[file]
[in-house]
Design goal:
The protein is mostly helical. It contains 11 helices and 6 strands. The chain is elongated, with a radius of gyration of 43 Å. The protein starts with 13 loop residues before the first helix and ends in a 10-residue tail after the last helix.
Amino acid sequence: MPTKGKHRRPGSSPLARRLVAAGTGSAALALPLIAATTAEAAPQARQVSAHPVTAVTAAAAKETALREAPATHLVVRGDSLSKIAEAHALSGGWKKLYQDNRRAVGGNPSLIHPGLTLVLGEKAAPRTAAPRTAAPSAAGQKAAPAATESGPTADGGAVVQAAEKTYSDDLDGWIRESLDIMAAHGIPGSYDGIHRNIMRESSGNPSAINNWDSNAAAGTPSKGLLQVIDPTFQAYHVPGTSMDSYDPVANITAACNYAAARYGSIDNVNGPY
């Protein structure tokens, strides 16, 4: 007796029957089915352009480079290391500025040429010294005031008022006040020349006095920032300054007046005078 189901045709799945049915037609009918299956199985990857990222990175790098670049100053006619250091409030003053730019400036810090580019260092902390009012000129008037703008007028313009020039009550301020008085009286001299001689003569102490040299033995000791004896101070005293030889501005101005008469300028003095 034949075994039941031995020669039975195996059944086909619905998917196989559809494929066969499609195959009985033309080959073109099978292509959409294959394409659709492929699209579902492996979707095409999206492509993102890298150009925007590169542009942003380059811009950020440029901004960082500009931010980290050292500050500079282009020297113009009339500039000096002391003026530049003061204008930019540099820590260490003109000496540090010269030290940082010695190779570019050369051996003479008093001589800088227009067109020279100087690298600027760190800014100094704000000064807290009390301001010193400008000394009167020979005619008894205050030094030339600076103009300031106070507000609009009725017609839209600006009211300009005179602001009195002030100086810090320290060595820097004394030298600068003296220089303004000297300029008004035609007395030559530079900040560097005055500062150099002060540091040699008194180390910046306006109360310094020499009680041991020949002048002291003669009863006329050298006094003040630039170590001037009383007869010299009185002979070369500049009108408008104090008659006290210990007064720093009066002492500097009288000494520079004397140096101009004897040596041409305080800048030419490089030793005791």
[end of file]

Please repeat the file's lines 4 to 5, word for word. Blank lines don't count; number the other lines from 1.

Amino acid sequence: MPTKGKHRRPGSSPLARRLVAAGTGSAALALPLIAATTAEAAPQARQVSAHPVTAVTAAAAKETALREAPATHLVVRGDSLSKIAEAHALSGGWKKLYQDNRRAVGGNPSLIHPGLTLVLGEKAAPRTAAPRTAAPSAAGQKAAPAATESGPTADGGAVVQAAEKTYSDDLDGWIRESLDIMAAHGIPGSYDGIHRNIMRESSGNPSAINNWDSNAAAGTPSKGLLQVIDPTFQAYHVPGTSMDSYDPVANITAACNYAAARYGSIDNVNGPY
């Protein structure tokens, strides 16, 4: 007796029957089915352009480079290391500025040429010294005031008022006040020349006095920032300054007046005078 189901045709799945049915037609009918299956199985990857990222990175790098670049100053006619250091409030003053730019400036810090580019260092902390009012000129008037703008007028313009020039009550301020008085009286001299001689003569102490040299033995000791004896101070005293030889501005101005008469300028003095 034949075994039941031995020669039975195996059944086909619905998917196989559809494929066969499609195959009985033309080959073109099978292509959409294959394409659709492929699209579902492996979707095409999206492509993102890298150009925007590169542009942003380059811009950020440029901004960082500009931010980290050292500050500079282009020297113009009339500039000096002391003026530049003061204008930019540099820590260490003109000496540090010269030290940082010695190779570019050369051996003479008093001589800088227009067109020279100087690298600027760190800014100094704000000064807290009390301001010193400008000394009167020979005619008894205050030094030339600076103009300031106070507000609009009725017609839209600006009211300009005179602001009195002030100086810090320290060595820097004394030298600068003296220089303004000297300029008004035609007395030559530079900040560097005055500062150099002060540091040699008194180390910046306006109360310094020499009680041991020949002048002291003669009863006329050298006094003040630039170590001037009383007869010299009185002979070369500049009108408008104090008659006290210990007064720093009066002492500097009288000494520079004397140096101009004897040596041409305080800048030419490089030793005791």